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Pueblo's top health leader talks changes after patient injected with empty syringe

Randy Evetts
Posted at 6:49 PM, Jan 28, 2021
and last updated 2021-11-05 00:03:37-04

PUEBLO — Public Health Director Randy Evetts called a press conference Thursday morning to discuss safety protocols for the COVID-19 vaccine clinic at the Pueblo Mall.

Evetts also answered questions over a story our News 5 Investigates team broke exactly one week ago.

As we reported, an 82-year-old woman was injected with an empty syringe during her vaccine appointment.

Randy Evetts
Public Health Director Randy Evetts

"We had a breakdown in the process initially," Evetts said. "Will it happen again? We definitely hope it won't. We've put processes in place to ensure that it won't."

Rosalee Pike
Rosalee Pike

Evetts apologized that Rosalee Pike, 82, had to get a second injection after learning the first shot she received did not contain the vaccine.

"I zoomed in on the syringe and the plunger was empty," Jamie Withnell, Rosalee's granddaughter said.

Empty vaccine syringe
Empty vaccine syringe

Withnell took her grandmother to get vaccination on Jan. 12 and snapped a picture just moments before Rosalee was injected. When she zoomed in, the syringe appeared empty.

This discovery was also documented in an official incident report News 5 Investigates obtained last week.

First incident report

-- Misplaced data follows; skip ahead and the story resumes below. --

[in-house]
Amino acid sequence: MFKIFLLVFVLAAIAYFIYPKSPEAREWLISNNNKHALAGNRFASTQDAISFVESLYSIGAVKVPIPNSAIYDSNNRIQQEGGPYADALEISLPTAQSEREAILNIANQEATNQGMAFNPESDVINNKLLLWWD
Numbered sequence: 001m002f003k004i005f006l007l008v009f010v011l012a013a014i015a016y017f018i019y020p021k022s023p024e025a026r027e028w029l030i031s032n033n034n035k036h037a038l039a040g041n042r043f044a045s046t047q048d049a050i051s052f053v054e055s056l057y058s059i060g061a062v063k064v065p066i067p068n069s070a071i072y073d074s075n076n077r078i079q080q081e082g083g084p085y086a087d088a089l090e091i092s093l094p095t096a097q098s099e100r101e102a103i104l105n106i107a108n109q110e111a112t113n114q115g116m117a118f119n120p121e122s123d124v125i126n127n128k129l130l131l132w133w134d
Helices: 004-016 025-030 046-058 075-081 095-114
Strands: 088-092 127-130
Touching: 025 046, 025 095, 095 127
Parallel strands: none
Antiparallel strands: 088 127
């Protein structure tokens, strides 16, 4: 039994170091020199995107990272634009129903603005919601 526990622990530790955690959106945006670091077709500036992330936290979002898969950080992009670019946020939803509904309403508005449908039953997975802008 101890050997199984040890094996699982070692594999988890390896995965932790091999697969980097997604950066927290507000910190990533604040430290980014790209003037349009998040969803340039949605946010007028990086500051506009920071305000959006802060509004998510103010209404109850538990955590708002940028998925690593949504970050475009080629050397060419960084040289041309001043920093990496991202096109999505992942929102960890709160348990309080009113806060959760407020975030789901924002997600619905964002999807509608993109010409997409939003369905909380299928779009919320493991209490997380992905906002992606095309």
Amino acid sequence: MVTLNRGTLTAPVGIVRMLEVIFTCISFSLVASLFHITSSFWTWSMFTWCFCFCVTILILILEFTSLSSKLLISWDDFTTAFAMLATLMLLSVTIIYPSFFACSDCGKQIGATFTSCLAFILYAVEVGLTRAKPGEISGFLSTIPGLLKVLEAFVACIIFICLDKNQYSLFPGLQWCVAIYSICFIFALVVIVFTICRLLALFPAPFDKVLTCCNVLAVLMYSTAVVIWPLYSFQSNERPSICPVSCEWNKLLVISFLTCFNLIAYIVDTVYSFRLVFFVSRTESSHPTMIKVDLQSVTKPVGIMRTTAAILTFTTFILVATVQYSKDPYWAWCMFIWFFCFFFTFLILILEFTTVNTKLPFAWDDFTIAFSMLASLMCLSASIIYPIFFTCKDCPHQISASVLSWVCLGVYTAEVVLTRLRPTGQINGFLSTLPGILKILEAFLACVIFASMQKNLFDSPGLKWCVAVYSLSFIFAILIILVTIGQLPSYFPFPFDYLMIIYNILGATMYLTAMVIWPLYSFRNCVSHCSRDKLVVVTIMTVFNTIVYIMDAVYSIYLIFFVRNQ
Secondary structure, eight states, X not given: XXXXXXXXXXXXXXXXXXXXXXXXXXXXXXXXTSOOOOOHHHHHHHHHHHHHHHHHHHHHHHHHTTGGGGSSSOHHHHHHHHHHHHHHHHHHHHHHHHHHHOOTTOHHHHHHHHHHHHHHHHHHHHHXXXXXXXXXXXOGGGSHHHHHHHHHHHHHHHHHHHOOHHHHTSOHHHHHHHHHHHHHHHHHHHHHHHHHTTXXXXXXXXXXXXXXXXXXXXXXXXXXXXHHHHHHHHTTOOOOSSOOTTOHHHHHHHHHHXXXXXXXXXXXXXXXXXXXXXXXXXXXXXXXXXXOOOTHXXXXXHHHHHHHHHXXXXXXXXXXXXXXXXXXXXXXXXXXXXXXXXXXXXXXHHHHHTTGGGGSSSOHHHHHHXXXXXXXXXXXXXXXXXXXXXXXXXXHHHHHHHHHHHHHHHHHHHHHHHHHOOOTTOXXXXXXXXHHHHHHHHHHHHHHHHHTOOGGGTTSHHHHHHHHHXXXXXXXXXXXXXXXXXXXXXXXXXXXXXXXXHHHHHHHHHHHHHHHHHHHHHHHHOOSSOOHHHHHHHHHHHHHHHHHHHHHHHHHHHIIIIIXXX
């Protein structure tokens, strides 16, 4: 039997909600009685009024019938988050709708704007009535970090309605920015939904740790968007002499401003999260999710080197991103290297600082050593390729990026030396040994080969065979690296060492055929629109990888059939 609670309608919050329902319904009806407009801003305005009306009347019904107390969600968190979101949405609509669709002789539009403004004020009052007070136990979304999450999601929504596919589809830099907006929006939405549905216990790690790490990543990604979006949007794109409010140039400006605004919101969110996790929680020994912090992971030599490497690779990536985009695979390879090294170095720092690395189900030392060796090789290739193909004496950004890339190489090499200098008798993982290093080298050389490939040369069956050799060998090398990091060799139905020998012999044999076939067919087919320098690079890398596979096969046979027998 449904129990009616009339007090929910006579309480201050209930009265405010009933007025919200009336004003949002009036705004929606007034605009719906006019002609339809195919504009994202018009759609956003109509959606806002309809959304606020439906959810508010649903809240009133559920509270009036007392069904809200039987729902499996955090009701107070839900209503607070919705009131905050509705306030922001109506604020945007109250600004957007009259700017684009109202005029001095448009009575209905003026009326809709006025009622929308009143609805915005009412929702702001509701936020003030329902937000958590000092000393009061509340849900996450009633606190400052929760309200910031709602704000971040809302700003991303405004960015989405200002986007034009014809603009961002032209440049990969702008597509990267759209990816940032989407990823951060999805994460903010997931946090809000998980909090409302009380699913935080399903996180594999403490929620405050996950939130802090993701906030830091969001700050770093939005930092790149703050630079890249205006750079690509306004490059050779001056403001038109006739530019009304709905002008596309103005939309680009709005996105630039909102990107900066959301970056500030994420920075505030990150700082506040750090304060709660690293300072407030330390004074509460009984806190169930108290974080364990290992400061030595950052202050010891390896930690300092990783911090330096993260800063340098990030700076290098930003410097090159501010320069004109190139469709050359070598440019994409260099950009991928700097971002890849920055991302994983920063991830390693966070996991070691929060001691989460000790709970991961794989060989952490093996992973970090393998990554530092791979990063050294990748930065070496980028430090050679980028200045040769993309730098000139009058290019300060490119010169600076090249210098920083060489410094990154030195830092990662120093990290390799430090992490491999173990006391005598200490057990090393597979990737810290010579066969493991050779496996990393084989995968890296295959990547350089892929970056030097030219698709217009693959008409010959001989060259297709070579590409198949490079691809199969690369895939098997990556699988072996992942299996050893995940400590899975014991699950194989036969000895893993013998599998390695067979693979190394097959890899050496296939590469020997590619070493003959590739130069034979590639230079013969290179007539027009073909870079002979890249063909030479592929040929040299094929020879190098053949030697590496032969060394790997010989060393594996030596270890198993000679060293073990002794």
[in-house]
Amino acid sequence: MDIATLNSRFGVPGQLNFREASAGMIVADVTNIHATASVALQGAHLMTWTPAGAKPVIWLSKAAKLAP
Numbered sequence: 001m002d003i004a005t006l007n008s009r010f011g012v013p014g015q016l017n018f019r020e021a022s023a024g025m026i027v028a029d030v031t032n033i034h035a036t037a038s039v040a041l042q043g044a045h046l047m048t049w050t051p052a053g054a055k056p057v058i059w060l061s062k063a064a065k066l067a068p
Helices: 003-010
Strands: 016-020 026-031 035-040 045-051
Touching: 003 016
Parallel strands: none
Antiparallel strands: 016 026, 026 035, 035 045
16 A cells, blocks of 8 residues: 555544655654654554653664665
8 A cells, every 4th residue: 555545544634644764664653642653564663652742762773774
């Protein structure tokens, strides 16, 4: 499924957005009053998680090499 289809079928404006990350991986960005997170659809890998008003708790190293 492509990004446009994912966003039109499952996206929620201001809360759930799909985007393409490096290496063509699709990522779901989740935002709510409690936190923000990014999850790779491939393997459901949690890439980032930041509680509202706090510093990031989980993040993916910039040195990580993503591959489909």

Incident report obtained by News 5

It appears the mistake of having an empty syringe at one of the vaccine tables was an isolated event.

Evetts says they're increasing safety procedures to prevent future errors.

"Our nurses draw the vaccine in a separate room where they can concentrate and focus," Evetts said. "Then they are labeled and sent to the work station and they are checked by the nurses and by the vaccinator when they are administered."

Evetts says medical staff is working as quickly as they can to vaccinate as many people as possible and reiterates that safety is a top priority.

"Stuff happens periodically and we address it, fix it and we move on," he said. "It was my mistake to not share that (information about the empty vaccine) with the public. However, we did everything that we needed to do to ensure the safety of the patient."

The Pueblo Health Department also says the empty syringe Rosalee was injected with was new had never been used on a previous patient.

You can hear more from Evetts' press conference by watching KOAA News 5 on-air or on your favorite streaming device.

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